The Department of Health and Human Services declared that General Motors will be given $489.4 million to produce 30,000 ventilators for the Strategic National Stockpile in accordance with federal deadlines. The project is being completed at cost. In other words, GM doesn’t stand to make a penny as it moves heaven and earth to manufacture Ventec ventilators as fast as it can. However, suppliers participating in the program are likely to profit during this emergency.
The first 6,000 or so ventilators are to be delivered by June 1, with the rest of the order to be filled before the end of August. The White House has put out a call for 100,000 ventilator-order across its contractors by that August deadline. At the same time, hot spot states such as Michigan and Louisiana have begun to reach their estimated peaks of daily new cases. How this will effect demand come June is hard to determine at this time.
The General Motors Kokomo Operations facility in Indiana is returning to action early next week, as the company begins production on their first contracted order of ventilators. As demand for the life saving piece of medical equipment continues to rise amid the coronavirus pandemic, the federal government has invoked the Defense Production Act from the days of the Korean War to order the automaker to get involved.
According to CNBC, the announcement comes after President Trump condemned both GM and its CEO Mary Barra for not executing ventilator-related plans in a timely fashion. Prior to the executive order, the automaker was already working with Ventec Life Systems to produce the ventilators at the necessary scale, and has been operating on an accelerated timeline to complete the project. However, things do not happen overnight.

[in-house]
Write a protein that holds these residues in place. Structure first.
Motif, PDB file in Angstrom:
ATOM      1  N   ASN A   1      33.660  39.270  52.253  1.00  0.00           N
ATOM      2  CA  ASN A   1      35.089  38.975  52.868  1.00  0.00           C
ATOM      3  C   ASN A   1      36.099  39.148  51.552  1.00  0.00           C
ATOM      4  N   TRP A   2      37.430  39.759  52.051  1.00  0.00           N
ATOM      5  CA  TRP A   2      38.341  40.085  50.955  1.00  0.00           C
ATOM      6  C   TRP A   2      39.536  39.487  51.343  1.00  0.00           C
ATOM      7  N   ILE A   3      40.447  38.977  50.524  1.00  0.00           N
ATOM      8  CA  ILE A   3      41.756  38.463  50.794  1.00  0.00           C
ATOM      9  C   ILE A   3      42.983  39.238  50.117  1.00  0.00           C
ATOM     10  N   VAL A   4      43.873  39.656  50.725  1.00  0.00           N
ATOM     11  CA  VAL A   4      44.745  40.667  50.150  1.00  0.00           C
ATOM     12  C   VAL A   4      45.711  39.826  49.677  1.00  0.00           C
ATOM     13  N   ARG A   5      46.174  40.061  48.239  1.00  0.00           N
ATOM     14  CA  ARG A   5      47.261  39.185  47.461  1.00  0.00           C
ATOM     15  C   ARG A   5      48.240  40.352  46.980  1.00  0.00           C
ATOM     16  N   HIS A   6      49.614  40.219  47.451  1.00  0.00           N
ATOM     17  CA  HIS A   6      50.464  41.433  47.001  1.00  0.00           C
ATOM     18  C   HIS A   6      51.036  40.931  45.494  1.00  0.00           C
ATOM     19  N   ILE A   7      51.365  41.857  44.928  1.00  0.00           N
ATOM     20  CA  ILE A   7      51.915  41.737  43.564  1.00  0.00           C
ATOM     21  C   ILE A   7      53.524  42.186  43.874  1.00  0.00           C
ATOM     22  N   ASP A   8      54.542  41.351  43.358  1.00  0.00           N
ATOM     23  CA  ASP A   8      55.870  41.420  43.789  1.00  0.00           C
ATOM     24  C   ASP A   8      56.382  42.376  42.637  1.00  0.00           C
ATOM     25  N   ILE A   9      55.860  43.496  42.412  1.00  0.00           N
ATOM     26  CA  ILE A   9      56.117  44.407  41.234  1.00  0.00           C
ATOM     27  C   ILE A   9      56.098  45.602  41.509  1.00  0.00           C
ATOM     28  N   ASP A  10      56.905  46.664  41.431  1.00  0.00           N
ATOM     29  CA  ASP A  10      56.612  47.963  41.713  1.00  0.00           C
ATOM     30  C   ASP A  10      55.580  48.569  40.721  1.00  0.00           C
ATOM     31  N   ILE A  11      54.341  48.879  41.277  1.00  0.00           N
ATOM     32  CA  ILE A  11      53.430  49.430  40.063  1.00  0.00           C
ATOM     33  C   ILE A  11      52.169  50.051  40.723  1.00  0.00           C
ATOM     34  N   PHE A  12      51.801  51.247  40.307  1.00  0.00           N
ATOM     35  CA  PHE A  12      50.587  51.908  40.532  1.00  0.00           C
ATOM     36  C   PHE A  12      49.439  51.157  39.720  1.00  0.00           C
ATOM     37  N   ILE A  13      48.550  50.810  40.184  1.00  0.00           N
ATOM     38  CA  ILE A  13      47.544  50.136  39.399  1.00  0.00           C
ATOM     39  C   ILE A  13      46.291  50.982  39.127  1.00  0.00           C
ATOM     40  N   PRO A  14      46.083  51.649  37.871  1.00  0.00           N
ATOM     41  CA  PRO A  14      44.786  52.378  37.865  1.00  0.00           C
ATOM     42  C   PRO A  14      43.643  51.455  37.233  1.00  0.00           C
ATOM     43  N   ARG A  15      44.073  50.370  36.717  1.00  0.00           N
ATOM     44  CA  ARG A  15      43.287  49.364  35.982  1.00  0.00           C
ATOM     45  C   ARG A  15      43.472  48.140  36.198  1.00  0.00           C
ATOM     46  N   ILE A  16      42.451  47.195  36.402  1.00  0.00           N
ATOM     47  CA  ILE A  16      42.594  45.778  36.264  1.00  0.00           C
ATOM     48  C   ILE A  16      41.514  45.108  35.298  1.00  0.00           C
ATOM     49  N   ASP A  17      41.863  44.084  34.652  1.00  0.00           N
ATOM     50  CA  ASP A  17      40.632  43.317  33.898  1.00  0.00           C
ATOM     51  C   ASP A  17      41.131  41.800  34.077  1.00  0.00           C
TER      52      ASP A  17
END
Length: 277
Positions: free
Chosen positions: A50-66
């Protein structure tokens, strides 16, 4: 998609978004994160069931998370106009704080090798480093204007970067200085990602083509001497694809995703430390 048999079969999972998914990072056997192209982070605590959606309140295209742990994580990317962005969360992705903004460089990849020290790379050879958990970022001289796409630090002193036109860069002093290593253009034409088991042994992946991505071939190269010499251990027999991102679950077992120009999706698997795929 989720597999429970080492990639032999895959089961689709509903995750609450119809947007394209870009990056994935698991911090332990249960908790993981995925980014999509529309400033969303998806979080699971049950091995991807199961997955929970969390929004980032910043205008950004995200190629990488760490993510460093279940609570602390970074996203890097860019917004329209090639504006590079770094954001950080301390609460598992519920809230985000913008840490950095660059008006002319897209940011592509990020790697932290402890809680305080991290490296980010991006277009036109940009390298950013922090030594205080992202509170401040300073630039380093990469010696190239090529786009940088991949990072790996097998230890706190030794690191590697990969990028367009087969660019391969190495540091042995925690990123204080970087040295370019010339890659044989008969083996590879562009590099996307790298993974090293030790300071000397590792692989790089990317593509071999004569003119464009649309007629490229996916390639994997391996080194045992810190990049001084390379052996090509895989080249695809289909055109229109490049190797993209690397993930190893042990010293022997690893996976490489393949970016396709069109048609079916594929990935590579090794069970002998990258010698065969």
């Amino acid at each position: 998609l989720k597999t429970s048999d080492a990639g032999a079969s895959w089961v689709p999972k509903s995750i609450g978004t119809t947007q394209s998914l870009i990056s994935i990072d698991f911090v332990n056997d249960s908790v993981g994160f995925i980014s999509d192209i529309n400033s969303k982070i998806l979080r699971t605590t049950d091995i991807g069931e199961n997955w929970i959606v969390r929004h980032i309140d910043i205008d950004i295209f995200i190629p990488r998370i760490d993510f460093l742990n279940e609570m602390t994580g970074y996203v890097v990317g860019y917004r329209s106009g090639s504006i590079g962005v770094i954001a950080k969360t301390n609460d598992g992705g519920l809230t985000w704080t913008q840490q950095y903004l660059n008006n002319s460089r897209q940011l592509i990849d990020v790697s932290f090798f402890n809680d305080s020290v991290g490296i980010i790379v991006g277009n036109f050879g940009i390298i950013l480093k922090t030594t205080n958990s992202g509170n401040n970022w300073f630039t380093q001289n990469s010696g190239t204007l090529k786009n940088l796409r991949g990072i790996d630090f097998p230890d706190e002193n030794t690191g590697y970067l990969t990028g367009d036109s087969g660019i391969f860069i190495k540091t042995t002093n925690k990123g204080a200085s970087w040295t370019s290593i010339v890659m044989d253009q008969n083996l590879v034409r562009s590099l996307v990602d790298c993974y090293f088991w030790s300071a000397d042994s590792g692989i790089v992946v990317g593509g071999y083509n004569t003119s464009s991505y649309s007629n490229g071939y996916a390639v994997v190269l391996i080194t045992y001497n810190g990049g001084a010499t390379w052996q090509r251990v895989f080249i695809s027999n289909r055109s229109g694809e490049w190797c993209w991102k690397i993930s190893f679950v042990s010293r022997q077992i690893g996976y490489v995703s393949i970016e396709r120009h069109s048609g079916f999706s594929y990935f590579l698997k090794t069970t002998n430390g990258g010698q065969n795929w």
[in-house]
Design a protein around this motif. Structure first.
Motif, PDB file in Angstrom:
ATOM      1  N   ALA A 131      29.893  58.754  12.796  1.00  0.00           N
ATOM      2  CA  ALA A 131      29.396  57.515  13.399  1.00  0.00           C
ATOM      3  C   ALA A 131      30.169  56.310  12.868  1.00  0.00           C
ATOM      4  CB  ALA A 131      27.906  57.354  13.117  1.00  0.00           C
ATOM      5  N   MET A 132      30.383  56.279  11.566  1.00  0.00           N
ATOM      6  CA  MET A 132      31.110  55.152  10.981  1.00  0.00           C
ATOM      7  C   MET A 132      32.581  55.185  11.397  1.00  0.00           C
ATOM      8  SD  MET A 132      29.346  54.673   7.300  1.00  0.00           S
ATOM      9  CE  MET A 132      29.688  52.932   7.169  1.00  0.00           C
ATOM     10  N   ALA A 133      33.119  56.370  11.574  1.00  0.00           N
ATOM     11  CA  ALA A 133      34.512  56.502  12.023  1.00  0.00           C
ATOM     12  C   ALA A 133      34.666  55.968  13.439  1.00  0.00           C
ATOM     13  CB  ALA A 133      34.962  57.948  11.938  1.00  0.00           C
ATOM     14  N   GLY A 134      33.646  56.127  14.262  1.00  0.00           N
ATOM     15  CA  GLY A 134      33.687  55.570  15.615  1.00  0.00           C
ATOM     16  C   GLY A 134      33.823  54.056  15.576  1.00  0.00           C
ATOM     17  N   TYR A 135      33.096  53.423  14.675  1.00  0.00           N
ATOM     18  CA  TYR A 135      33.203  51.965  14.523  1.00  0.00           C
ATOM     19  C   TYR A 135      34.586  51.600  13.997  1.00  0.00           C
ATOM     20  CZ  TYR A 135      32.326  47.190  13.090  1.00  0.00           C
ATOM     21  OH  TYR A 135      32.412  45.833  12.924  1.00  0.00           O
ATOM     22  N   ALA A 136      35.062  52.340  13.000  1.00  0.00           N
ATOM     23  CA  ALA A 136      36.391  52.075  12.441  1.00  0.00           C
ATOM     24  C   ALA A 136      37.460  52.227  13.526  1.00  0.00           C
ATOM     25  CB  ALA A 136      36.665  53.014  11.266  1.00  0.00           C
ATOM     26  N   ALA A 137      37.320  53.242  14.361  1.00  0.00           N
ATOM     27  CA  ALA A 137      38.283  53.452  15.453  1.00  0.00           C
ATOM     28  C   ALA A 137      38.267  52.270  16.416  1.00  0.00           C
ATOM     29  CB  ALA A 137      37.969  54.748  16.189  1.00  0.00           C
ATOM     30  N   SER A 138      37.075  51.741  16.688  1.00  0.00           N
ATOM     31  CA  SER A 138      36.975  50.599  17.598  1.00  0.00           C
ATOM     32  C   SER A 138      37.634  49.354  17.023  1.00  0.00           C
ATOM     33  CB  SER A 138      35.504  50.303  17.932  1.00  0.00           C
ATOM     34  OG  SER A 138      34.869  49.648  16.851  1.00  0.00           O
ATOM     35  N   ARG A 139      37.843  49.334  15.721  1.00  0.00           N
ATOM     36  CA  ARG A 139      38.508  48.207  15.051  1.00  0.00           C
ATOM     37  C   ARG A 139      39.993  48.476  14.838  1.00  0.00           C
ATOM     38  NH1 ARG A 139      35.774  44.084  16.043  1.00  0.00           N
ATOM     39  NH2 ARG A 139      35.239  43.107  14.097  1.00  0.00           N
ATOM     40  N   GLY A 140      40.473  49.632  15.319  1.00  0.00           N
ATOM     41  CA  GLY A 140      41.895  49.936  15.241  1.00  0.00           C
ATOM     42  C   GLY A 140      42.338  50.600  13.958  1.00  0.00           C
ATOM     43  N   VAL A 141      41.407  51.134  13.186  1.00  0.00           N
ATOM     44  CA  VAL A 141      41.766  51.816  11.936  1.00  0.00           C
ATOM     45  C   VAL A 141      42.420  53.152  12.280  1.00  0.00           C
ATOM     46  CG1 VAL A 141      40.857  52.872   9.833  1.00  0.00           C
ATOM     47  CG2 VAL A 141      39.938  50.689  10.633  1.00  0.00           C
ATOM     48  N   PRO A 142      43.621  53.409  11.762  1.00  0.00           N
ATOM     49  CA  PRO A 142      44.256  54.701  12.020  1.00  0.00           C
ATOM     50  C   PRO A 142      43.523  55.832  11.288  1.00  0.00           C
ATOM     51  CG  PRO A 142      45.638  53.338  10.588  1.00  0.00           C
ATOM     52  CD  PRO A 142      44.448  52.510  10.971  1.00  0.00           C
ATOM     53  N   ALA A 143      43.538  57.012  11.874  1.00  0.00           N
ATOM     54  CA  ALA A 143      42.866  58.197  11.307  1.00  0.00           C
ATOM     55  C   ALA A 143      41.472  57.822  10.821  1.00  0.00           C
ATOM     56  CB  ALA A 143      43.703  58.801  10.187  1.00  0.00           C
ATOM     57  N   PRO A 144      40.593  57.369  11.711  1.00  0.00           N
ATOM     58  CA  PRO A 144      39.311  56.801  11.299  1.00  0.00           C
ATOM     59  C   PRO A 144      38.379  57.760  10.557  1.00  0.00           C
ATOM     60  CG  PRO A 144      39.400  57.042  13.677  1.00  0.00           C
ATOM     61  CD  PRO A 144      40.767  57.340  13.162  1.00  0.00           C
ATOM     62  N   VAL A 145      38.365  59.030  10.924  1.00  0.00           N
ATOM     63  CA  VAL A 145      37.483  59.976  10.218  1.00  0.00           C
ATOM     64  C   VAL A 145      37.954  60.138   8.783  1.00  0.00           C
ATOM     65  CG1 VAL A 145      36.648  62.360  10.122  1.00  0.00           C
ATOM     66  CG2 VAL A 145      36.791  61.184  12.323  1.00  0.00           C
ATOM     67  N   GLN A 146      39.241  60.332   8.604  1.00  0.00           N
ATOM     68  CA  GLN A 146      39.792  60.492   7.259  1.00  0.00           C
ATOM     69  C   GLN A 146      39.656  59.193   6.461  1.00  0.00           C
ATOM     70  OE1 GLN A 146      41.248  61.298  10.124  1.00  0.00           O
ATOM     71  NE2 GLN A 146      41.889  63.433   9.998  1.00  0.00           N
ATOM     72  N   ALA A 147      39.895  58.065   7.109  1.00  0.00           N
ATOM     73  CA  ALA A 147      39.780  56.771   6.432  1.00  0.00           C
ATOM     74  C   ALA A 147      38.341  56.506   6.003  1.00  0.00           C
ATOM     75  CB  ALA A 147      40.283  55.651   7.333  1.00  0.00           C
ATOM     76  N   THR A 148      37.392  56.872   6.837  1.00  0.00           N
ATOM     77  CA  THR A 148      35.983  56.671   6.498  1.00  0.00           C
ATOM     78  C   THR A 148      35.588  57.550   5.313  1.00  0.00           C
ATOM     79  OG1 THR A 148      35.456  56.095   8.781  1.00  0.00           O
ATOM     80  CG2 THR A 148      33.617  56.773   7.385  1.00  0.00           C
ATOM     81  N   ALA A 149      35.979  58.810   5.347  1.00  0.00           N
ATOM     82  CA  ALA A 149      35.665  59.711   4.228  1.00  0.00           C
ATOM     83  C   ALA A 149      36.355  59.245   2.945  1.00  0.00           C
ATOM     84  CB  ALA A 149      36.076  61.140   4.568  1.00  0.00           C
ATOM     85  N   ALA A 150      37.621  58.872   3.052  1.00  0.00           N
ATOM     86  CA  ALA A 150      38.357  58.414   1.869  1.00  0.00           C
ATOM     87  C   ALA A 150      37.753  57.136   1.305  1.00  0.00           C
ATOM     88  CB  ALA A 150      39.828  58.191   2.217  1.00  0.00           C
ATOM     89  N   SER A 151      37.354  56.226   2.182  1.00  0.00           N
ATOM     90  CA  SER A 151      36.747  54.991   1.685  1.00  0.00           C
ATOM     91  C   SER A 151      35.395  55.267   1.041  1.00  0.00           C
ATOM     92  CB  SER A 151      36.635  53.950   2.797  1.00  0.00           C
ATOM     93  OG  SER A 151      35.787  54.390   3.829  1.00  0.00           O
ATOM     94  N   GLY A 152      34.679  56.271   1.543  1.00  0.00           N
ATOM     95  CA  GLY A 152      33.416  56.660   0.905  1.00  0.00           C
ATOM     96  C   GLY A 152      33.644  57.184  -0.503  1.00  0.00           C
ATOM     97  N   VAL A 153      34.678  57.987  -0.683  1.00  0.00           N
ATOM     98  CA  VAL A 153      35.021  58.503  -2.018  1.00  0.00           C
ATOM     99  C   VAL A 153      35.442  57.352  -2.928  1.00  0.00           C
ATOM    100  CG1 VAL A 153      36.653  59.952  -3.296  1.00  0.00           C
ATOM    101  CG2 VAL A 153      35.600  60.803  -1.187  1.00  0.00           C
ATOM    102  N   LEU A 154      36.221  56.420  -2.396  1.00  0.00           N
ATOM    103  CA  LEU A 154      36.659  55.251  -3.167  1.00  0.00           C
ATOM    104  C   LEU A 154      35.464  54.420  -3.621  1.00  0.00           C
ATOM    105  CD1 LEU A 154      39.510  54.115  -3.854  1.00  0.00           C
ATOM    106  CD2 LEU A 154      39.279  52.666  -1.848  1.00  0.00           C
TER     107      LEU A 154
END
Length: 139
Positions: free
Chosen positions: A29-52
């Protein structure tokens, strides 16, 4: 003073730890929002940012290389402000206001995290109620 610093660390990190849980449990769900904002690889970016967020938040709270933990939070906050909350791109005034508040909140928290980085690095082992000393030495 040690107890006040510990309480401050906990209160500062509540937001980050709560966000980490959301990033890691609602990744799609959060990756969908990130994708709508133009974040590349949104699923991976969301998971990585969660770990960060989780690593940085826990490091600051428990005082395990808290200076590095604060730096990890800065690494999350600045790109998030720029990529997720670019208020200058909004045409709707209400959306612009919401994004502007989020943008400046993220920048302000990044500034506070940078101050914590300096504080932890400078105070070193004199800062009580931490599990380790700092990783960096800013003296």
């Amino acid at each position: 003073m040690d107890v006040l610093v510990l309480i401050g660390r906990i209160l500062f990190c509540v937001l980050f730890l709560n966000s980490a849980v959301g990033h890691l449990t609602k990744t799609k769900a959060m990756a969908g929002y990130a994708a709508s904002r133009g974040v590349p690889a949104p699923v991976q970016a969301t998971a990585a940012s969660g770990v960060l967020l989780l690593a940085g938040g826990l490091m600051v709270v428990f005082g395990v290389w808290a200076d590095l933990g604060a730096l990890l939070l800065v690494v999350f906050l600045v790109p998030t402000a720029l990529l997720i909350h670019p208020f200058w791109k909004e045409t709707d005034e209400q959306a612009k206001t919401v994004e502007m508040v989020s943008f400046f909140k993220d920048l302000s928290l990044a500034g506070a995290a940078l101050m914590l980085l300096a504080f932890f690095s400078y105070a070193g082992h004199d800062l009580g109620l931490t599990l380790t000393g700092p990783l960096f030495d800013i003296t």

At the same time, GM is building and shipping “level 1” face masks out of a previously mothballed facility in Warren, Michigan. The company has also shared its manufacturing plans with GM suppliers along with the Original Equipment Suppliers Association and the Michigan Manufacturers Association to help other manufacturers ramp up their own production efforts.
GM isn’t the only automaker getting involved with ventilator production however, as Ford has partnered with the Florida-based Airon Corp to produce 50,000 ventilators by July 4. Ford will be constructing the medical equipment at its Rawsonville Components Plant in Ypsilanti, Michigan.
While we haven’t seen automakers take on the call of a national crisis like this since the Arsenal of Democracy protected the free world, a main concern now is that it is too little too late. With states like New York and Michigan expected to reach their peak case numbers in the coming week, the additional ventilators are far from ready at this time. Regardless if they have a choice in the matter or not, good on the automakers for stepping up and taking the call to action.